option of a European strategy on plastics. Under the new plans, all plastic packaging on the EU market will be recyclable by 2030, the consumption of single-use plastics will be reduced and the intentional use of microplastics will be restricted. The aim is to transform the way products are designed, produced, used, and recycled in the EU. This will lay the foundations for a new plastic economy, where the design and production fully respect reuse, repair and recycling needs and more sustainable materials are developed.
The strategy on plastics is a significant step but I agree with European Commission Vice-President Frans Timmermans when he says: “This is a challenge that citizens, industry and governments must tackle together.” We as citizens must act now.
Some success has already been achieved in this area through the implementation of the 2015 Plastic Bags Directive. Many of us will recall the quizzical looks we received when refusing such bags a few years ago. Now in many EU countries the avoidance of lightweight plastic bags has become the norm. Nonetheless 100 billion plastic bags are still used each year by the 500 million EU citizens, 200 per person.
Often the scale of these global problems means we fail to act as we think our individual impact is insignificant and imperceptible. But this is an area where the impact of our changes in behaviour can be easily seen in our waste bins. We can reuse our plastic bottles, we can refuse plastic straws, we can take our own cup when we pick up our takeaway coffee and we can buy the products with the least packaging. Initially we might receive that quizzical look but we must ignore it and persist. It will become the norm if we have got the bottle to challenge the status quo. The rise in the profile of the issue in recent months means there are lots of ideas out there on how to reduce our plastic use so we can all seek to overcome our own plastic addictions.
The problem also represents a business opportunity. There is an urgent need for innovation in product design, production and recycling as we transition to a circular economy. Such innovation is encouraged in Europe through research funding, in areas such as alternative feedstocks and making recycling processes more efficient, through cohesion policy funds to increase recycling capacity and initiatives such as the “Circular Economy Finance Support Platform” to raise awareness among investors and facilitate access to finance for circular economy projects. There are also opportunities for recognition of highly innovative products and services that contribute to the sustainable circular economy through the European Business Awards for the Environment, the European Commission’s award scheme to reward innovation through sustainability. I hope this year we will see some exciting applications related to plastics.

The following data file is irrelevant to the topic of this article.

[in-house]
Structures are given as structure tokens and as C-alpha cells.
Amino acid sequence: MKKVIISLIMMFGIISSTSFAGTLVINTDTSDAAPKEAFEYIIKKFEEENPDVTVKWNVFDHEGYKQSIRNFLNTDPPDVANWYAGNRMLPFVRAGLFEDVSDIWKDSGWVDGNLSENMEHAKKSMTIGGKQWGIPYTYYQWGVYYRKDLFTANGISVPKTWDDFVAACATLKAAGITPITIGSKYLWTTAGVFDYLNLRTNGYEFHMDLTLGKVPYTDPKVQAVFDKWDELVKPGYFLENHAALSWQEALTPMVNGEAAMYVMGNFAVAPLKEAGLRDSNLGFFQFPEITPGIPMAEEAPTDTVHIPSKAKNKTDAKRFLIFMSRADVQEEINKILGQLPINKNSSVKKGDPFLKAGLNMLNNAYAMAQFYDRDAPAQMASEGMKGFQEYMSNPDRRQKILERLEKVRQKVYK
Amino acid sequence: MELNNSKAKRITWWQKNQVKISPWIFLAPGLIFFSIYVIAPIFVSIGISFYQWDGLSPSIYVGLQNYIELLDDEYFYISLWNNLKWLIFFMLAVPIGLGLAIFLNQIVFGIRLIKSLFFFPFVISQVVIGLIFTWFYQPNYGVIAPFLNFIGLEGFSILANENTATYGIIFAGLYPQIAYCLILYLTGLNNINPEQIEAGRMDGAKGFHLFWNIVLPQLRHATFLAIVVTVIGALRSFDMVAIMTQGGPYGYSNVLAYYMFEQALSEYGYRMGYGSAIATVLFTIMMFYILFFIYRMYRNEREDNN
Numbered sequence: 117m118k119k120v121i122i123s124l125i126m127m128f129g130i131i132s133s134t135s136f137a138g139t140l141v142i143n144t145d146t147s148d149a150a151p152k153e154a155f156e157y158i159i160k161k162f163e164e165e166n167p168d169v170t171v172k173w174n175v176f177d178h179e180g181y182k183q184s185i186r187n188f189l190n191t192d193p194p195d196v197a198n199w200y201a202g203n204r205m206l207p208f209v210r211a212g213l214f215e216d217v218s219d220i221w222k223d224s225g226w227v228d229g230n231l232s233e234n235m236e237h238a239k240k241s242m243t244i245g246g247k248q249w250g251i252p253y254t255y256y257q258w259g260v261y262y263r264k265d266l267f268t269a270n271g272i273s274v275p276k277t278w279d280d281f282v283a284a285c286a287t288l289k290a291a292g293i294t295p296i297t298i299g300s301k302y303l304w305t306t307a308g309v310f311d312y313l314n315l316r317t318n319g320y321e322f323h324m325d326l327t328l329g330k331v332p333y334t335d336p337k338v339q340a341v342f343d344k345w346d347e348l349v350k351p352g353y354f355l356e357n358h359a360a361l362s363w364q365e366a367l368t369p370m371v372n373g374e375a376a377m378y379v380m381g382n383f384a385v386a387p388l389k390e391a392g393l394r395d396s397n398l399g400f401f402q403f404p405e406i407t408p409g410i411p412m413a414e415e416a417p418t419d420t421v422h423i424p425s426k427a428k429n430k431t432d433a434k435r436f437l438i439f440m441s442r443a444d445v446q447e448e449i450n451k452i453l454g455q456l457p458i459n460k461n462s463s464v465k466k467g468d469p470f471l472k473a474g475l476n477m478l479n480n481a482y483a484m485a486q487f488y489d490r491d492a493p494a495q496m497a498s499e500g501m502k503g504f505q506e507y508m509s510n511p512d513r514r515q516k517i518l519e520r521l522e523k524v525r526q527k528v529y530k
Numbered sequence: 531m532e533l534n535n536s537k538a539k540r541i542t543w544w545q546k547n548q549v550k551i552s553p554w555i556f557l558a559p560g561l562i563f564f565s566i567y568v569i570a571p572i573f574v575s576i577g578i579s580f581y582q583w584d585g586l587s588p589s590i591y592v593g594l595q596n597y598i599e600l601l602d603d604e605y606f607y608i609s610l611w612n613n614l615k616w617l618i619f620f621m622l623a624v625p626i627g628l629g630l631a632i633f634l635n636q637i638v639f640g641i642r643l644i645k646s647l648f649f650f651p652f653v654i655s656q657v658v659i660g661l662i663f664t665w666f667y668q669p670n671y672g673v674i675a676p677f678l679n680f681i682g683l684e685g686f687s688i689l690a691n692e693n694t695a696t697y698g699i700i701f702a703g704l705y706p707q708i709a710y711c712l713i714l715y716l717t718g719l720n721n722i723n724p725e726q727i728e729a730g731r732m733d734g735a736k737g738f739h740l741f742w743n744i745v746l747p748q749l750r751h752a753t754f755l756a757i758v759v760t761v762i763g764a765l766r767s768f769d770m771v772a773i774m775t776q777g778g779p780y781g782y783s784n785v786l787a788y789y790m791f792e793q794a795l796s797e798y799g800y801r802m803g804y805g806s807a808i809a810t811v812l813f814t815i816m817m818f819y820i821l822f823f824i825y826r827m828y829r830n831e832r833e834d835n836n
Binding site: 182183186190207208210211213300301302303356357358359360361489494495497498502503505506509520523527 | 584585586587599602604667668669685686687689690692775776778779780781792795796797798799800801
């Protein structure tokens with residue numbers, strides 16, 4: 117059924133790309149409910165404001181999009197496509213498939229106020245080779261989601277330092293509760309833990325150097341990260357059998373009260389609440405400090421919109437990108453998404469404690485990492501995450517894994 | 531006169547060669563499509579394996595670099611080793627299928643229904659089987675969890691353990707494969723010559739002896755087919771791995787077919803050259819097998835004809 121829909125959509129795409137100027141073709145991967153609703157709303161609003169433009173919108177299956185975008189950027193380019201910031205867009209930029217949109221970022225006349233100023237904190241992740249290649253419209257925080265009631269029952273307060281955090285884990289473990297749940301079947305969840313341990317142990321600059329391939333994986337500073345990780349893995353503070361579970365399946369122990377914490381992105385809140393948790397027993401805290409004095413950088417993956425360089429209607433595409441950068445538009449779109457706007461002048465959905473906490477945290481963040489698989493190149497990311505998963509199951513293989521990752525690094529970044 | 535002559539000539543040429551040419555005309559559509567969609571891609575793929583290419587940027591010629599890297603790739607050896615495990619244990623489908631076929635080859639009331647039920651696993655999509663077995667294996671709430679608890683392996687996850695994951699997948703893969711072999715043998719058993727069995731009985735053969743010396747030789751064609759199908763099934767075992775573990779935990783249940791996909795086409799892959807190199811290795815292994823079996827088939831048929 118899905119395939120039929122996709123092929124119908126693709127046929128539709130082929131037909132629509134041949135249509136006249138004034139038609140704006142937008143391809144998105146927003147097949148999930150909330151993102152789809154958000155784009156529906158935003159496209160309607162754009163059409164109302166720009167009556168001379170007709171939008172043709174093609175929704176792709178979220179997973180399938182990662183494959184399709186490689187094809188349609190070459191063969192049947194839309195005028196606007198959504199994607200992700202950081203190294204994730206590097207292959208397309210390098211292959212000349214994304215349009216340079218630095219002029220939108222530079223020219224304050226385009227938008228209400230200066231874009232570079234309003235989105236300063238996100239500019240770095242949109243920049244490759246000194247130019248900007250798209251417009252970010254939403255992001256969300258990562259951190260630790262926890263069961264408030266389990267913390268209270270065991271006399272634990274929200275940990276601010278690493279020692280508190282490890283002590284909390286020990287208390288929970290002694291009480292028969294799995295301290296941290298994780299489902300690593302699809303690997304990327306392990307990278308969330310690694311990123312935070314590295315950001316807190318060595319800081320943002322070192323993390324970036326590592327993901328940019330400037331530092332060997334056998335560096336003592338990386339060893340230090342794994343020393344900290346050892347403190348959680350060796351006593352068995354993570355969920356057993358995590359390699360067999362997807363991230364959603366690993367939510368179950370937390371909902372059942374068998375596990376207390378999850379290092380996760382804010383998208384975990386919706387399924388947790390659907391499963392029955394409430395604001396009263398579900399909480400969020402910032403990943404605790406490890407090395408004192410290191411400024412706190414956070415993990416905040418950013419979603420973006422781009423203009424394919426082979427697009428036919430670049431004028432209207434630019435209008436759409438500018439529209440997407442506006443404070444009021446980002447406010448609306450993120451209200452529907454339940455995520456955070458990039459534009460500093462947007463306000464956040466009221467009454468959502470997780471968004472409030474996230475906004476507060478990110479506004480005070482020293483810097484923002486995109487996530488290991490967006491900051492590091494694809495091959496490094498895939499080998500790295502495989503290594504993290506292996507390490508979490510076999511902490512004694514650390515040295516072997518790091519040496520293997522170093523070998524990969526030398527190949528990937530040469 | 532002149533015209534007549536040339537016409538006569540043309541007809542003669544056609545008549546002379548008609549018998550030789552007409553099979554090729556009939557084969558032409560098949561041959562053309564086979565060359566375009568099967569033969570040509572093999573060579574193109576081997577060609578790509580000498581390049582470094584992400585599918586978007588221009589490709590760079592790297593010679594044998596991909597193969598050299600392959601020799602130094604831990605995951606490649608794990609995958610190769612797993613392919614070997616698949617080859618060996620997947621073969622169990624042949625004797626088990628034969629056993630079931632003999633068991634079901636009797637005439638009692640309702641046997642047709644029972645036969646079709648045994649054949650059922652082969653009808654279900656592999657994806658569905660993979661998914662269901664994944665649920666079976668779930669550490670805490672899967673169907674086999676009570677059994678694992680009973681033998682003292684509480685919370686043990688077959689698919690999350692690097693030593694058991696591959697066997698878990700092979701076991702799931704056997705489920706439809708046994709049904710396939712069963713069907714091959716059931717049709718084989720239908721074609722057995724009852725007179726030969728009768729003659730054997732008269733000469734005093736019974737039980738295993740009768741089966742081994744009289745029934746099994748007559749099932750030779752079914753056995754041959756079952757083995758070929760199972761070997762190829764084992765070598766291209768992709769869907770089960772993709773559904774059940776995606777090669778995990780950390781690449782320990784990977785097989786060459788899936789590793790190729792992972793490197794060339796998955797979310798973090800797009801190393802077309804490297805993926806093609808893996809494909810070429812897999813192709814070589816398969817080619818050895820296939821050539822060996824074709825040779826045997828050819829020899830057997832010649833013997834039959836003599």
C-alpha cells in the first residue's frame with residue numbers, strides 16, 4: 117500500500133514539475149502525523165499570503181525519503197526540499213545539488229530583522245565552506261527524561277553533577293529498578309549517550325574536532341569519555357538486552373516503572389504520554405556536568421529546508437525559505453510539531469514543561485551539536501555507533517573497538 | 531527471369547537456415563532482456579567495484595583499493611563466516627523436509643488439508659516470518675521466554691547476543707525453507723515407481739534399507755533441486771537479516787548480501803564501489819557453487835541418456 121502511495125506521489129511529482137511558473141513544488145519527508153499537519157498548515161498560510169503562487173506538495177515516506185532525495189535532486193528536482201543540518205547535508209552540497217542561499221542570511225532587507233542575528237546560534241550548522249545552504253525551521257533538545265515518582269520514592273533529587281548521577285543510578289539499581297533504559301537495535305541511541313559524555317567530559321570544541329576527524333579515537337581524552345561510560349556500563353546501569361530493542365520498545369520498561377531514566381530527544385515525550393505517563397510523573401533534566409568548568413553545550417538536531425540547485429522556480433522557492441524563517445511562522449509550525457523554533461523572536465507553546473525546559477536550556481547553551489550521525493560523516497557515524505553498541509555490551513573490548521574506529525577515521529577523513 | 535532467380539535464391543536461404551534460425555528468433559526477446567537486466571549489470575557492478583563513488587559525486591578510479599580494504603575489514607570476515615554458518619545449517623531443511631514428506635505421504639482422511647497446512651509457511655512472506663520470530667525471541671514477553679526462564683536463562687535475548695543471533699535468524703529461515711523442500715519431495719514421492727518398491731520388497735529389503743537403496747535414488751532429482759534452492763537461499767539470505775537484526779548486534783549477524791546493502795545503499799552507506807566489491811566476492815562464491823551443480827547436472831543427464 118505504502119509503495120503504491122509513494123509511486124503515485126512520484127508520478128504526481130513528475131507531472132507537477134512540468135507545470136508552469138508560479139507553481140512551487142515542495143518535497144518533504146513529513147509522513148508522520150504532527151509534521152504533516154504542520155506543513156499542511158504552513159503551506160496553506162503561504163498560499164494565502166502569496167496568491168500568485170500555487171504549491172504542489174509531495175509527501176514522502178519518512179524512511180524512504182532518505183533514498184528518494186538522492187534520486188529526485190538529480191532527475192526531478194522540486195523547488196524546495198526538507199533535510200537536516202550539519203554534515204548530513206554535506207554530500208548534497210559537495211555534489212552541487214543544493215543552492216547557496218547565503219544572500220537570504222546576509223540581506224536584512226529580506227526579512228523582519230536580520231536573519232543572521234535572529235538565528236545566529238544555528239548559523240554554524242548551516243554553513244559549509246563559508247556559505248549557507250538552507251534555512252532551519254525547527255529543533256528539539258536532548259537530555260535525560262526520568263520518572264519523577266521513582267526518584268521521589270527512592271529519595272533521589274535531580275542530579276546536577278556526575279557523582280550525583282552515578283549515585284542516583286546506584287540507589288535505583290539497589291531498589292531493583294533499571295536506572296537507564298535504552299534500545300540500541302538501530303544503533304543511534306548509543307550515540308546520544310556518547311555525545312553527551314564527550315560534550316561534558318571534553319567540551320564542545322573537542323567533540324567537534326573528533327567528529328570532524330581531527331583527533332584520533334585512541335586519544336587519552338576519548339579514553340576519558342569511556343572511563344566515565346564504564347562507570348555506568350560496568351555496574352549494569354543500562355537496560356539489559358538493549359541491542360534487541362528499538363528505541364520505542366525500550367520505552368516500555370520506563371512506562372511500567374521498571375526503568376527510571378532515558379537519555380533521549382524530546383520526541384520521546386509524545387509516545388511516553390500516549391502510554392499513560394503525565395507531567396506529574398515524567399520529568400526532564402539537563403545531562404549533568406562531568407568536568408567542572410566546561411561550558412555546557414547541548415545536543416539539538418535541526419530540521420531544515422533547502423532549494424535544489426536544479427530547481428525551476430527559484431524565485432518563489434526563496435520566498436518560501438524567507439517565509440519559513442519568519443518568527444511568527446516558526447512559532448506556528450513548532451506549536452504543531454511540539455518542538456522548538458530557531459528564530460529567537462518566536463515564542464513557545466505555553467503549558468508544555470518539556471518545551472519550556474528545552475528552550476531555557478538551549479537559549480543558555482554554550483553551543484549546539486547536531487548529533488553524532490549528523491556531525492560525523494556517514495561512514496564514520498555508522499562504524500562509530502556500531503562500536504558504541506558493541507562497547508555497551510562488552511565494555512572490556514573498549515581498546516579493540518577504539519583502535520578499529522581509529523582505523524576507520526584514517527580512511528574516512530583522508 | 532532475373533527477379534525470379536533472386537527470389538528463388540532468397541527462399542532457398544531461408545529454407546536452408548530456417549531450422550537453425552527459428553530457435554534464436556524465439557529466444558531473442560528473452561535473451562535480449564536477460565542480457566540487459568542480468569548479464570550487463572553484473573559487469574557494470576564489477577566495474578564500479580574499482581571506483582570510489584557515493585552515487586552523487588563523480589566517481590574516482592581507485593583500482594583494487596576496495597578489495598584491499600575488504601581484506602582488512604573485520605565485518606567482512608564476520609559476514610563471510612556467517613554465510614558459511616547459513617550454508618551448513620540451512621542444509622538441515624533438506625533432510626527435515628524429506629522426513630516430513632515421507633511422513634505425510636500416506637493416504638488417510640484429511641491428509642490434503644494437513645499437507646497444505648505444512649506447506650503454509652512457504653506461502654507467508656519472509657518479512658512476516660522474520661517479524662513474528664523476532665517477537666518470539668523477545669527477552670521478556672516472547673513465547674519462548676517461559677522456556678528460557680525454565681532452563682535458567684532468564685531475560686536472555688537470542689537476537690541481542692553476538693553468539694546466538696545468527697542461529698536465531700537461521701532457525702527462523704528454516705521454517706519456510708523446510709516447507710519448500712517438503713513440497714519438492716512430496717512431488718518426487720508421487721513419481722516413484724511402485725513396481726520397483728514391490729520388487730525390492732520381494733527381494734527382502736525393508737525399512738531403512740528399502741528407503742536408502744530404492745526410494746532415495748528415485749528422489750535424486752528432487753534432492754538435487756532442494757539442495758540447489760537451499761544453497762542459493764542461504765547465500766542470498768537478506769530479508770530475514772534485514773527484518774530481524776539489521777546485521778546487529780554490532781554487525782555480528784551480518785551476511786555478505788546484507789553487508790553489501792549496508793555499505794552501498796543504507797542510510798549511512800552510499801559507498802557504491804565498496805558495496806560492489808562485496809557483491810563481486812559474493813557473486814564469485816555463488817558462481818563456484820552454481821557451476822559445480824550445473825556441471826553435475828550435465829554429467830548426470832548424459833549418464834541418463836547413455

Tacking the plastics problem will have an impact in many aspects of our environment by reducing: harmful emissions from burning plastics; dependence on the extraction of fossil fuels for plastics production; and leakage of plastics into the food chain. By making small changes to our behaviour we will make savings personally though reuse, reduce waste disposal costs for the public sector and stimulate the economy through the need for innovation. I would suggest it’s worth putting up with a few quizzical looks to achieve this!